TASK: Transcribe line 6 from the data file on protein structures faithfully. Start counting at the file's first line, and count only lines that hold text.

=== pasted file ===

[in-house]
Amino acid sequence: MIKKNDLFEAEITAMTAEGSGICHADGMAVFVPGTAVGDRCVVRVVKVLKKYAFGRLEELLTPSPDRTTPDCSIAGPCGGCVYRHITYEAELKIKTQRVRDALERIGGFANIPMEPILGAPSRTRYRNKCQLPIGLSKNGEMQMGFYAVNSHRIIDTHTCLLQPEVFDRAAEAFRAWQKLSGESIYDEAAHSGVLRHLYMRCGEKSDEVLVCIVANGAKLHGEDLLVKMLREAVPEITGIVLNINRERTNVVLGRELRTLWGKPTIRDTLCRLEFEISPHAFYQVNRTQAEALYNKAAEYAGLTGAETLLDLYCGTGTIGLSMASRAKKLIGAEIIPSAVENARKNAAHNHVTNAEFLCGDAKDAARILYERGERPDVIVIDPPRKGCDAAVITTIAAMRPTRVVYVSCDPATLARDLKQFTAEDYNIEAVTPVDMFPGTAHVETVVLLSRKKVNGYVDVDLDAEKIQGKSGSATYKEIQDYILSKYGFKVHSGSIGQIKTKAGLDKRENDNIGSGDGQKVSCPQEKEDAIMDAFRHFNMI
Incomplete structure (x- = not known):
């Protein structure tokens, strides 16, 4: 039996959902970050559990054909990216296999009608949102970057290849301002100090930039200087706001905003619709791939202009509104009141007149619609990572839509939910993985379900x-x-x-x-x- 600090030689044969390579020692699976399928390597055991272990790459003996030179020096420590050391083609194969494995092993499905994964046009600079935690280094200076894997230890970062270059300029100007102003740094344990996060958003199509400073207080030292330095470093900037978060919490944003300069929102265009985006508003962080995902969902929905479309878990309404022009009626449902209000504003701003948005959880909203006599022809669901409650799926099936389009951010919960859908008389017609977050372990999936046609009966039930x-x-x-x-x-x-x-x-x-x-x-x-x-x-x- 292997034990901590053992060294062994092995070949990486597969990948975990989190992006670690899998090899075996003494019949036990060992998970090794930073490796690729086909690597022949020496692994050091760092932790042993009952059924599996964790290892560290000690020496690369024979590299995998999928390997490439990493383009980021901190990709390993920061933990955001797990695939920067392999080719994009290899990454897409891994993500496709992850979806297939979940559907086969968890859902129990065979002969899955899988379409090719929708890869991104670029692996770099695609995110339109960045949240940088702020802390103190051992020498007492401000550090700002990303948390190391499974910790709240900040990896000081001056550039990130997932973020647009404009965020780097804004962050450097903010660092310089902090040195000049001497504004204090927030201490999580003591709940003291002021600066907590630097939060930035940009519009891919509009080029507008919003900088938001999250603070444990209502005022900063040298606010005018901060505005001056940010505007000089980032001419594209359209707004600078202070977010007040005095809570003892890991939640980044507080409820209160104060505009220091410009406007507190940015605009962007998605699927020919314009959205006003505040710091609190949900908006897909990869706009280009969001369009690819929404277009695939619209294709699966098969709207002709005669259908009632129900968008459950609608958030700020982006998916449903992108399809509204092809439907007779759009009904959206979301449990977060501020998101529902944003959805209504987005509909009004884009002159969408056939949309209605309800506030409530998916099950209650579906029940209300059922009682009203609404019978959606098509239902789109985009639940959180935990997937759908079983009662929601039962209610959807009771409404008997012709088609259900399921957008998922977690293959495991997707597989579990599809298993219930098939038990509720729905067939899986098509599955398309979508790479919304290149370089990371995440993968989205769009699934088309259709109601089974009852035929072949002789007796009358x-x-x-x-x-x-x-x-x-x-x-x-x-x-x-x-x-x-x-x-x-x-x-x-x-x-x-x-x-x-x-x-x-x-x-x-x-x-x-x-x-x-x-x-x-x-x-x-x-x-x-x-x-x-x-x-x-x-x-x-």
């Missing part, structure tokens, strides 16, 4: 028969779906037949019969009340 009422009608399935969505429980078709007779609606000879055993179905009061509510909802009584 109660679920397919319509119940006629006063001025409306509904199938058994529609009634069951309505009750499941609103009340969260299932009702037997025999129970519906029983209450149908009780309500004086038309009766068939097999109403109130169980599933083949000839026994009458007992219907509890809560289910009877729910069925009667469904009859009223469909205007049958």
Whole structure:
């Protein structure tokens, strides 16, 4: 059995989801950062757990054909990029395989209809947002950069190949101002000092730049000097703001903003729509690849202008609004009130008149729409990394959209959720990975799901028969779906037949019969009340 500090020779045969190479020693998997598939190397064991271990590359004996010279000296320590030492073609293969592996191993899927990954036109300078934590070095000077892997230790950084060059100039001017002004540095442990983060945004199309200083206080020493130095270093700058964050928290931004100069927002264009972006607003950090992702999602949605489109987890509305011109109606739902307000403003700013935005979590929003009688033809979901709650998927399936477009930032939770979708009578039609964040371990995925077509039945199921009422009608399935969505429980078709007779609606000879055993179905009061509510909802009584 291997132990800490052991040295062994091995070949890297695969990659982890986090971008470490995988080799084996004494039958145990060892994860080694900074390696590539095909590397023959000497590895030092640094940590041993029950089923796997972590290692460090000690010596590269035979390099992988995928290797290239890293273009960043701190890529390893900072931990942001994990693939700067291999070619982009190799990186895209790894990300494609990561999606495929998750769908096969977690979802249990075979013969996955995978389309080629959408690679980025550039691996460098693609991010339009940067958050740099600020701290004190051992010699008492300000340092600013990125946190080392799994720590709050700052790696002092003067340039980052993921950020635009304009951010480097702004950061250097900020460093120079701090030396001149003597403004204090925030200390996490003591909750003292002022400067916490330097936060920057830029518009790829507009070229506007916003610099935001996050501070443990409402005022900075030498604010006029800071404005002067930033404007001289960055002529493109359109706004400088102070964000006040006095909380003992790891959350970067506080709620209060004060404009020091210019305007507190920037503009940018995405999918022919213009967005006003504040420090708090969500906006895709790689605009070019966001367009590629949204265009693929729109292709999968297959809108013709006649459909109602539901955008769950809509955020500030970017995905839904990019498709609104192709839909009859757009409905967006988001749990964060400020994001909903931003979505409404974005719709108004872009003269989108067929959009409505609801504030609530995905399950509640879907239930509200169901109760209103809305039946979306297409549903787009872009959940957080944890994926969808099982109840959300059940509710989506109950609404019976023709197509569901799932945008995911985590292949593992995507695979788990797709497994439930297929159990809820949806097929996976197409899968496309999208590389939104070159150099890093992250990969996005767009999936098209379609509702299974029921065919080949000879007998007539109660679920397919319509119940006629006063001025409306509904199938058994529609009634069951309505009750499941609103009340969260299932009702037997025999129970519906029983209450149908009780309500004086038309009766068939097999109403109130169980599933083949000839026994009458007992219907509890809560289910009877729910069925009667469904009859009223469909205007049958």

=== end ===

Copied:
Whole structure: